Shakespeare and his plays have been fertile grounds for the Musical Theatre to plough. Rodgers and Hart adapted THE COMEDY OF ERRORS for THE BOYS FROM SYRACUSE. Cole Porter used the premise of a touring production of THE TAMING OF THE SHREW for his KISS ME, KATE!, Bernstein and Sondheim borrow the story of ROMEO AND JULIET for their WEST SIDE STORY.
Max Martin has written some of the biggest hit songs for singers such as Britney Spears, Back Street Boys, NSYNC, Ed Sheeran and Ariana Grande. These provide the soundtrack for David West Read’s story imagining that Shakespeare’s wife has come up with an alternative ending to ROMEO AND JULIET.
Max Martin’s vast catalogue of contains a large number of hits. Naturally most of his famous songs are employed in this musical. The audience’s familiarity with the material, instantly rouses and energizes them as each old favourite is performed. The majority are power ballads belted by the cast and loudly miked. However, the overuse of such similar sounding songs can be wearing and monotonous to those in the audience who are not disposed to such pop anthems.
The musical is a typical “juke box” musical with set pieces of “pre-loved” songs in between some rudimentary dialogue. The play is secondary but on those terms, this team have succeeded with the targeted audience. The mostly young crowd on the night I attended sang and swayed with great enthusiasm and high spirits.
Here’s the plot: Shakespeare’s wife, Anne Hathaway decides to raise her voice in support of female solidarity. She insists that the ending of Shakespeare’s latest play, Romeo and Juliet should be changed. Juliet will not kill herself. She then demands that she co-write the “new” version with Shakespeare. In this new version, Juliet survives. During Romeo’s funeral, Juliet finds out that Romeo was a liar and has been promiscuous with several other lovers. To mend her broken heart, Juliet runs off to Paris with her nurse and male gay friend May for some fun.
In Paris, May meets and falls in love with Francois. Francois who is uncertain of his sexuality, meets and falls in love with Juliet. Francois proposes to Juliet. Juliet decides to marry Francois, just as Francois starts to have feelings for May. In Act Two we discover that Romeo did not die either. He goes to Paris to look for Juliet. Juliet rebuffs Romeo citing his unfaithfulness. She’s determined to marry Francois until she learns that Francois and May have fallen in love with each other and her wedding to Francois is called off. During all of this, Lance (Francois’ father) and Juliet’s Nurse rekindles their love affair after being apart for years.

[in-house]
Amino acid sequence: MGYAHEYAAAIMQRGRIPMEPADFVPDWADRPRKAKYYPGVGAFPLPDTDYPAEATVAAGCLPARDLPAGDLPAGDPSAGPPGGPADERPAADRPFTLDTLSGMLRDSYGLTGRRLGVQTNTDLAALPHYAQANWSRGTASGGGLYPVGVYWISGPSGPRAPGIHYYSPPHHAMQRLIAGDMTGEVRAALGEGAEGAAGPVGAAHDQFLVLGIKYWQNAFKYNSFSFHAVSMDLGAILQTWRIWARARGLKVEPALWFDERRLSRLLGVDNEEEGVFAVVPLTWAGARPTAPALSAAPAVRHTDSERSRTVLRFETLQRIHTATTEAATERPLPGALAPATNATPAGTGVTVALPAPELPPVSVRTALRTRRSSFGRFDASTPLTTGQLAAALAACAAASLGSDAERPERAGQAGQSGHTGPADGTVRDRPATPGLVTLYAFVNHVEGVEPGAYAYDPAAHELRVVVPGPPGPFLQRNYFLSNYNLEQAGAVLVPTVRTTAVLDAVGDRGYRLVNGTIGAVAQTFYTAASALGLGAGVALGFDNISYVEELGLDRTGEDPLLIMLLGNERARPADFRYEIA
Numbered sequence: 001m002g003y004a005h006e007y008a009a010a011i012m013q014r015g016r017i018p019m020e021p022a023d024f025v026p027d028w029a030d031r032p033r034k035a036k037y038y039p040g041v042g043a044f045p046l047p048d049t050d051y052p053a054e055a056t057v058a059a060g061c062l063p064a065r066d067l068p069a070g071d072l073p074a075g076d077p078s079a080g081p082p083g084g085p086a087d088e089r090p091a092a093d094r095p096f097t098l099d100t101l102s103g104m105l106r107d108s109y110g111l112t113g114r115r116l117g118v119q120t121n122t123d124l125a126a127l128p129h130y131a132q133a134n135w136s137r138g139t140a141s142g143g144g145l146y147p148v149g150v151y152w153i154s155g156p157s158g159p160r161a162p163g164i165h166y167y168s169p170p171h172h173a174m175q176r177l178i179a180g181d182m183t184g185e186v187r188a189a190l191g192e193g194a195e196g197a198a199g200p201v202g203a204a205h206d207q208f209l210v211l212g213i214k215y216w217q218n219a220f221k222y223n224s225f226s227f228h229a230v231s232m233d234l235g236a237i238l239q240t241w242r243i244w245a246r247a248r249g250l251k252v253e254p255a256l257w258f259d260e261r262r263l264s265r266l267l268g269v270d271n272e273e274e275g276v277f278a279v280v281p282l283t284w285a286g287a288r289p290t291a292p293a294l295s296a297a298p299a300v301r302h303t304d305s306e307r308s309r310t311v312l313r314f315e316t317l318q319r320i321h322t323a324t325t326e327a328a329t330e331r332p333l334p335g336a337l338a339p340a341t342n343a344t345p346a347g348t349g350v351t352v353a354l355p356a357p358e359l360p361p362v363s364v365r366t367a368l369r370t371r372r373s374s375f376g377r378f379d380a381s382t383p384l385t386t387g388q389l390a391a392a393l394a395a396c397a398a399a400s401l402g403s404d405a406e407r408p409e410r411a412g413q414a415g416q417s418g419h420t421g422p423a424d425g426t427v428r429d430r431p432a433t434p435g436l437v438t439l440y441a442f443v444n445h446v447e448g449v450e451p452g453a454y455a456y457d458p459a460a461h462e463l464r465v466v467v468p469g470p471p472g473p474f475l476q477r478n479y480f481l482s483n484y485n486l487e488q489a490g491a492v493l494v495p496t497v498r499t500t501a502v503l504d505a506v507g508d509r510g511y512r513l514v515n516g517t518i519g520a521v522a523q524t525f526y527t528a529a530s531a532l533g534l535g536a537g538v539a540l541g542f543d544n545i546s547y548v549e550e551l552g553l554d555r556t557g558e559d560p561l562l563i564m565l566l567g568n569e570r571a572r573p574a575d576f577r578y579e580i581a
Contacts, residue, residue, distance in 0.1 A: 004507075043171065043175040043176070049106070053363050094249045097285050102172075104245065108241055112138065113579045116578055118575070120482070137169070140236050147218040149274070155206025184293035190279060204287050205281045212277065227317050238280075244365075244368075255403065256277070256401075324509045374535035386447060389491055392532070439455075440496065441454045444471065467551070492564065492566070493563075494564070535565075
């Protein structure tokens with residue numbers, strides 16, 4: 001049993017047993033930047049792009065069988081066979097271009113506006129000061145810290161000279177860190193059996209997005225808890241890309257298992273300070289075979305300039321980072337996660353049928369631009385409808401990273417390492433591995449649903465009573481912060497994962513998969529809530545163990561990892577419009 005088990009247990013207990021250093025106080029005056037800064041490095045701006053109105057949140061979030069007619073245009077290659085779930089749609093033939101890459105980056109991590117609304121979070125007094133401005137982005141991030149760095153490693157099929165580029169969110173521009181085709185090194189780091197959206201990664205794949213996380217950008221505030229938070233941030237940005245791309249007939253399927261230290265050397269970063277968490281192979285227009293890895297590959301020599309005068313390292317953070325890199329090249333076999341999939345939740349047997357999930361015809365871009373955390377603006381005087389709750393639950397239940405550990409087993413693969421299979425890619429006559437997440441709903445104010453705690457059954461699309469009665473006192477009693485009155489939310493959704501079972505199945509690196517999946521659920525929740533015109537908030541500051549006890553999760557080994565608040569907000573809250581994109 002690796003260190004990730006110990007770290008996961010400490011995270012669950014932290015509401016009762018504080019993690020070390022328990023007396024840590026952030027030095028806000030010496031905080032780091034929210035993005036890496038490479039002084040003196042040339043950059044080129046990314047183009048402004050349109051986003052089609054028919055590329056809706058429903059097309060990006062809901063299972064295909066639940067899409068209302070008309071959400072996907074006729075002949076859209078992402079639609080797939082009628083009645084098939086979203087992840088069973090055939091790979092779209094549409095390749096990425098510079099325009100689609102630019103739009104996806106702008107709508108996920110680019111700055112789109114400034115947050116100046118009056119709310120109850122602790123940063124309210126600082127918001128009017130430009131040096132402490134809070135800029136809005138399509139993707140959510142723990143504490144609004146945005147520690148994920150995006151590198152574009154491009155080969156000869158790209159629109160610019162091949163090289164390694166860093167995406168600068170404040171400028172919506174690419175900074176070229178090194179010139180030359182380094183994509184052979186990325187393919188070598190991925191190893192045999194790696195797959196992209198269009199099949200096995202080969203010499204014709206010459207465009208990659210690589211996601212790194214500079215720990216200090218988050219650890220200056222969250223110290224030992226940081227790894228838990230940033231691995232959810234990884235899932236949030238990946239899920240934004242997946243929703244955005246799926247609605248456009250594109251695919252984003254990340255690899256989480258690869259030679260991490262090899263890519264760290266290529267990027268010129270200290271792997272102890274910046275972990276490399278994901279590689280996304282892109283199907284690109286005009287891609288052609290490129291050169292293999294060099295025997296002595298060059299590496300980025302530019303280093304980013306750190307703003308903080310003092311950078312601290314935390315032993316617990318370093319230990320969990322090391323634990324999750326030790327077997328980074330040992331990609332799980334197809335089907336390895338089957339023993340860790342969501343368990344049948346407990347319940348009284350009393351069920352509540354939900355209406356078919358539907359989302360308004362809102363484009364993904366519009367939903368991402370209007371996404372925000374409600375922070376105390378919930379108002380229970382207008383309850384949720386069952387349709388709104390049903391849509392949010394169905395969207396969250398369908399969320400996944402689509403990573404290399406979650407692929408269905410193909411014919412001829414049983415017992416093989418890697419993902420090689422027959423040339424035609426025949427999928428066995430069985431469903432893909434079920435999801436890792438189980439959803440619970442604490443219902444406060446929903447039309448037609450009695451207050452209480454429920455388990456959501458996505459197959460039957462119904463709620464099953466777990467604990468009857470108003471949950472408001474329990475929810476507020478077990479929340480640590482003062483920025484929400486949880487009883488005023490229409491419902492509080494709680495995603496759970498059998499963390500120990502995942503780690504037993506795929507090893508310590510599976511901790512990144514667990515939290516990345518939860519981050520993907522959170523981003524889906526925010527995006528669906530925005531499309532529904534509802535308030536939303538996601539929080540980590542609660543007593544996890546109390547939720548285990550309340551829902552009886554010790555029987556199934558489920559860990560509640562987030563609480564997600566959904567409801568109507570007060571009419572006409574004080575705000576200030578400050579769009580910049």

The Musical ends with three weddings, Juliet and Romeo, Francois and May, Lance and the Nurse. Anne Hathaway then demands that since the new version is Juliet’s story, the new title for the play should drop Romeo’s name and be called & JULIET instead.
Miriam-Teak Lee, fresh from her performance in HAMILTON plays Juliet. She dances and belts her songs perfectly. Cassidy Janson who previously impressed us with her performances in BEAUTIFUL and CHESS plays Anne Hathaway. She sings sweetly and powerfully. West End leading man, Oliver Tompsett plays Shakespeare and delivers his songs proficiently. Melanie La Barrie plays the Nurse and David Bedella plays Lance, the lost lover of the Nurse. Both of them display their comedic and singing talents. Newcomers Jordan Luke Gage, Tim Mahendran, Jocasta Almgill and Ivan De Freitas play and sing the parts Romeo, Francois, Lady and Lord Capulet respectively. The production is colourful and loud as directed by Luke Sheppard.
The company danced Jennifer Weber’s choreography with youthful energised zeal. The songs and production numbers are staged like “Pop Videos” and those on “Britain Got Talents”.
Whilst & JULIET is not exactly a Shakespeare musical, it achieves what it sets out to do. A fun and enjoyable jukebox show for the young and the young at heart.
This production is definitely recommended for those who enjoy high energy dance routines and terrific performers belting out songs you’ll already know and love.